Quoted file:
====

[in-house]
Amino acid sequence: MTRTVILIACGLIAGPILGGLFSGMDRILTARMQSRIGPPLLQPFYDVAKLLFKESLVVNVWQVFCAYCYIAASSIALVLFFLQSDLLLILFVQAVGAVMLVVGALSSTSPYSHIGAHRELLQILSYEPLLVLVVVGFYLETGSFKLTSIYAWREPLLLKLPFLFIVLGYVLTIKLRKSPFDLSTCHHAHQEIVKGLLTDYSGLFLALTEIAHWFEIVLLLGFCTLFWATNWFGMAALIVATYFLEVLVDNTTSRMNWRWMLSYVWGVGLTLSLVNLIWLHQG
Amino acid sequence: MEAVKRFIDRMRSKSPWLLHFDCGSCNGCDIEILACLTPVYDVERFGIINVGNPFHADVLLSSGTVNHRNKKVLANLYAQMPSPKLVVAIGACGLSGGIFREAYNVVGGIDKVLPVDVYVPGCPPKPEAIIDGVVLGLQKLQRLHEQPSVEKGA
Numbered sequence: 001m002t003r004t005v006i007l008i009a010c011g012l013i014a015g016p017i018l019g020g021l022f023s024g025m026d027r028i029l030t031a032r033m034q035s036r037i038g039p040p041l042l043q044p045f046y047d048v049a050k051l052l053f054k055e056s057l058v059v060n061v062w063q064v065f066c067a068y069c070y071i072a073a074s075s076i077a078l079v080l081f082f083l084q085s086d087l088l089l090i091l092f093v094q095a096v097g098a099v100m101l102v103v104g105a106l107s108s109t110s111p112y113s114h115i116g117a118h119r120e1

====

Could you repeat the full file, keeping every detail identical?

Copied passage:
[in-house]
Amino acid sequence: MTRTVILIACGLIAGPILGGLFSGMDRILTARMQSRIGPPLLQPFYDVAKLLFKESLVVNVWQVFCAYCYIAASSIALVLFFLQSDLLLILFVQAVGAVMLVVGALSSTSPYSHIGAHRELLQILSYEPLLVLVVVGFYLETGSFKLTSIYAWREPLLLKLPFLFIVLGYVLTIKLRKSPFDLSTCHHAHQEIVKGLLTDYSGLFLALTEIAHWFEIVLLLGFCTLFWATNWFGMAALIVATYFLEVLVDNTTSRMNWRWMLSYVWGVGLTLSLVNLIWLHQG
Amino acid sequence: MEAVKRFIDRMRSKSPWLLHFDCGSCNGCDIEILACLTPVYDVERFGIINVGNPFHADVLLSSGTVNHRNKKVLANLYAQMPSPKLVVAIGACGLSGGIFREAYNVVGGIDKVLPVDVYVPGCPPKPEAIIDGVVLGLQKLQRLHEQPSVEKGA
Numbered sequence: 001m002t003r004t005v006i007l008i009a010c011g012l013i014a015g016p017i018l019g020g021l022f023s024g025m026d027r028i029l030t031a032r033m034q035s036r037i038g039p040p041l042l043q044p045f046y047d048v049a050k051l052l053f054k055e056s057l058v059v060n061v062w063q064v065f066c067a068y069c070y071i072a073a074s075s076i077a078l079v080l081f082f083l084q085s086d087l088l089l090i091l092f093v094q095a096v097g098a099v100m101l102v103v104g105a106l107s108s109t110s111p112y113s114h115i116g117a118h119r120e1